Ben laid his binoculars on the floor of the stand and stood up. Turning around he started down the the ladder and blindly reached back up for his binoculars. When he did he sent the pair of Nikons over the edge of the stand, and they clanged against one of the ladder rungs before nailing the ground.
“Make some more noise why donʼt ya,” Jeff whispered down to his younger brother.
“Sorry, man. Didn’t mean too.”
Ben jumped off the steps and grabbed his binoculars.
Jeff was still sitting in his seat and decided to give the field one last squint before climbing down. He instantly made out the black outline of a deer trotting across the powerline at a pretty good clip toward a small line of water oaks. Although he could tell it was a deer, it wasn’t until the deer hit mid air crossing a small ditch in the middle of the powerline that Jeff captured a brief glance at the buckʼs antlers in the fading sky. He thought it was more antler than heʼd ever seen before.
“What are you looking at?” Ben asked from the bottom of the ladder.
“I think I just saw a dang monster.”
• • •
While zig-zagging at a trot through a series of short pines, Todd Swainʼs boot hit a rock and his body fell face first into a stagnant hog wallow. His brown mustache filled with muck as he quickly began spitting the stale water out of his mouth.
Mike Kilgore, his chubby partner in crime, was right behind him to hear the big splash. When Mikeʼs flashlight beam landed on Toddʼs muddy face, his heavy body fell against a beech tree and he began to laugh.
“Man, you stink. Your old lady ainʼt lettinʼ you in the house tonight,” Mike said still holding the flashlight in Toddʼs squinty eyes. “Hey man, your cigarettes are going to taste kinda funny, too.”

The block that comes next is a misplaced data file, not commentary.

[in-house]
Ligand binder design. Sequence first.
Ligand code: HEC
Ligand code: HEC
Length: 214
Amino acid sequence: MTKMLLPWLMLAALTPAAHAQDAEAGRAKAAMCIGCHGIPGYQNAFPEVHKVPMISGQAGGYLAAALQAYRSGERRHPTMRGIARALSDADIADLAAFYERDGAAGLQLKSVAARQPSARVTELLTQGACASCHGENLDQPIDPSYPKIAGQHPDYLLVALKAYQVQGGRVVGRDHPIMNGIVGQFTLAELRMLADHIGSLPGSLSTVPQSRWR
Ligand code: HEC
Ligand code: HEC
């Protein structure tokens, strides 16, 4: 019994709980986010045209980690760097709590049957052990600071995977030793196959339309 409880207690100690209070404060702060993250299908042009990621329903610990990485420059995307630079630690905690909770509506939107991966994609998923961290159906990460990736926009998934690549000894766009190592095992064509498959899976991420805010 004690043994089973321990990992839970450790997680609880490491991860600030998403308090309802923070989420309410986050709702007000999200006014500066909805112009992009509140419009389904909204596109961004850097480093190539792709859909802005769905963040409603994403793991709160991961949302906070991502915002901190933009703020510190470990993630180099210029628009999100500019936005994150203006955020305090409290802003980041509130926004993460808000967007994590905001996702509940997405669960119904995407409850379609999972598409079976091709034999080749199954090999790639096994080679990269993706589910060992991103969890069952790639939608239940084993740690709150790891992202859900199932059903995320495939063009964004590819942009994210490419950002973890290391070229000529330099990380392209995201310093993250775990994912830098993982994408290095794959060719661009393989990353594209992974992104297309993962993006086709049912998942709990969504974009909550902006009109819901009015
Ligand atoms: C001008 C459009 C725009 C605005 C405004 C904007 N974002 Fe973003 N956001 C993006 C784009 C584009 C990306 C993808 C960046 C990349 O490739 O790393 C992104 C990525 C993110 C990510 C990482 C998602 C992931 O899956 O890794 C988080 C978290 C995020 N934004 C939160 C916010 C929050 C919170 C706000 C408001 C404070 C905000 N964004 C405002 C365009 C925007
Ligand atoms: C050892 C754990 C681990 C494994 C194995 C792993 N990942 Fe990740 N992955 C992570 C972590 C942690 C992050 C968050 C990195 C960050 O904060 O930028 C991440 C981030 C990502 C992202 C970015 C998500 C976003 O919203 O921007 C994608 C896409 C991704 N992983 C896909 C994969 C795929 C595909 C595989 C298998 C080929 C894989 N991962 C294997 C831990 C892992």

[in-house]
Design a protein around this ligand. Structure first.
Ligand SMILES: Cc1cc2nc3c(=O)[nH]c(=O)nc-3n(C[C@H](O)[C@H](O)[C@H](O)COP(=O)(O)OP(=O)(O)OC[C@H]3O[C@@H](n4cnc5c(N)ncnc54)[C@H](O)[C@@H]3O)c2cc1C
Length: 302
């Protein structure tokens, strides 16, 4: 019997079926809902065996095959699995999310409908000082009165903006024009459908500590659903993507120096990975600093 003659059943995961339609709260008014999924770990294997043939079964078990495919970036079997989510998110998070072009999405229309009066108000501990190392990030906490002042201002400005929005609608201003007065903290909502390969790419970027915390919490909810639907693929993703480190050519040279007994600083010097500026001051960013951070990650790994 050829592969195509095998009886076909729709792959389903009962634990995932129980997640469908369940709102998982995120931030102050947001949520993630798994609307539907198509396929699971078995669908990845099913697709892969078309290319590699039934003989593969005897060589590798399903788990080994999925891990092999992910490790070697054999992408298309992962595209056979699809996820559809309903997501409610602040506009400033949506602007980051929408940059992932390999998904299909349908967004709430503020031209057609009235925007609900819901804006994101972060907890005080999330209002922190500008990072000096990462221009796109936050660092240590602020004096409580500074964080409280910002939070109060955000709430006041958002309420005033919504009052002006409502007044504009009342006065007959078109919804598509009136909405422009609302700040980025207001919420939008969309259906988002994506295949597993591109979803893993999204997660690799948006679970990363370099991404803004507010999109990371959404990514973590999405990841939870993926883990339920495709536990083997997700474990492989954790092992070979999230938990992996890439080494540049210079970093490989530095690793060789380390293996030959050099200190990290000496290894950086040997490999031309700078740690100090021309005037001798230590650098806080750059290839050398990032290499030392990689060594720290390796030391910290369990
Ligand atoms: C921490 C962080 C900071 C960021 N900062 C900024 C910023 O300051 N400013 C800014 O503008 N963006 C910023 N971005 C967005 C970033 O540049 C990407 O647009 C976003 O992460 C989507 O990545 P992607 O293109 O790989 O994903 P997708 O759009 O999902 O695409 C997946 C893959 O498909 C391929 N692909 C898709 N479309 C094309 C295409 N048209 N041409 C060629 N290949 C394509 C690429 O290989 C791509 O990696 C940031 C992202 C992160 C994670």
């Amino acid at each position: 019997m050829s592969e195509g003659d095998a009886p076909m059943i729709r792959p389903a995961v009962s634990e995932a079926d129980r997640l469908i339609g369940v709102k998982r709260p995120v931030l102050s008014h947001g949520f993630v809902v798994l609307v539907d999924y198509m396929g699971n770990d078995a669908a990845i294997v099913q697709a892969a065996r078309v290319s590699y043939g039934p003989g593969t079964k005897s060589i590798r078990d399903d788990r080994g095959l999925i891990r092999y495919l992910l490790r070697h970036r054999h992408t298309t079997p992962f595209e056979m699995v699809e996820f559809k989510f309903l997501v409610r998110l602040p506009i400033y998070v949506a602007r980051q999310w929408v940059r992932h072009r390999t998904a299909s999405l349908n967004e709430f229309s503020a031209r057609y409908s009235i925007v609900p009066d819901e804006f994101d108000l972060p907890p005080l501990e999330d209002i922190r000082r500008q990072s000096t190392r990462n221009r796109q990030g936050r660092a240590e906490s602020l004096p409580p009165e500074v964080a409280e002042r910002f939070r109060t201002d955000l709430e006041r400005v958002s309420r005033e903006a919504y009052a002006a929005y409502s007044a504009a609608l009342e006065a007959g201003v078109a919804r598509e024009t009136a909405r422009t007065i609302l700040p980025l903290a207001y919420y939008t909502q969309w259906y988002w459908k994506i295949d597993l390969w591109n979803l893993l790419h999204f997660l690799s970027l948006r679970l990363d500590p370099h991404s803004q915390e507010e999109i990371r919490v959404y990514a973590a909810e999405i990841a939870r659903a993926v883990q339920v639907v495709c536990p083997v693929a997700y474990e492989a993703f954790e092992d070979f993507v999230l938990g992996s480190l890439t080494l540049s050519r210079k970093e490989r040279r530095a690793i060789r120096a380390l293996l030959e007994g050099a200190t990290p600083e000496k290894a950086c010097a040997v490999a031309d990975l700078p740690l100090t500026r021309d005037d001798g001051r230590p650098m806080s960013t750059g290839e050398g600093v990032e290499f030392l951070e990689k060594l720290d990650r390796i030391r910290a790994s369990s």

Todd didn’t care that his mustache smelled like a barnyard or that his smokes fell from his front pocket and into the brown water. He just wanted to make sure he wasn’t going to get caught.
“I thought you said there wasn’t anybody in the hunting camp this afternoon — I know I heard a truck crank over there,” Todd said getting back to his feet and pointing down a quarter mile stretch of powerline.
“There wasn’t — reckon they made it in here late.”
Todd and Mike were familiar with this stretch of the powerline — it was where they both liked to hunt when they had been club members of Outlaws Hunt Club. In March both men had found a giant set of deer antlers in an area where they had scattered corn to attract turkeys.
“That buck may not even be around here anymore, Mike,” Todd said taking his wet hat off to scratch his balding head.
“Heʼs alive alright — at least Iʼm about positive he is,” Mike said taking a high-powered rifle off his shoulder and leaning it against a tree.
“What makes you so sure?”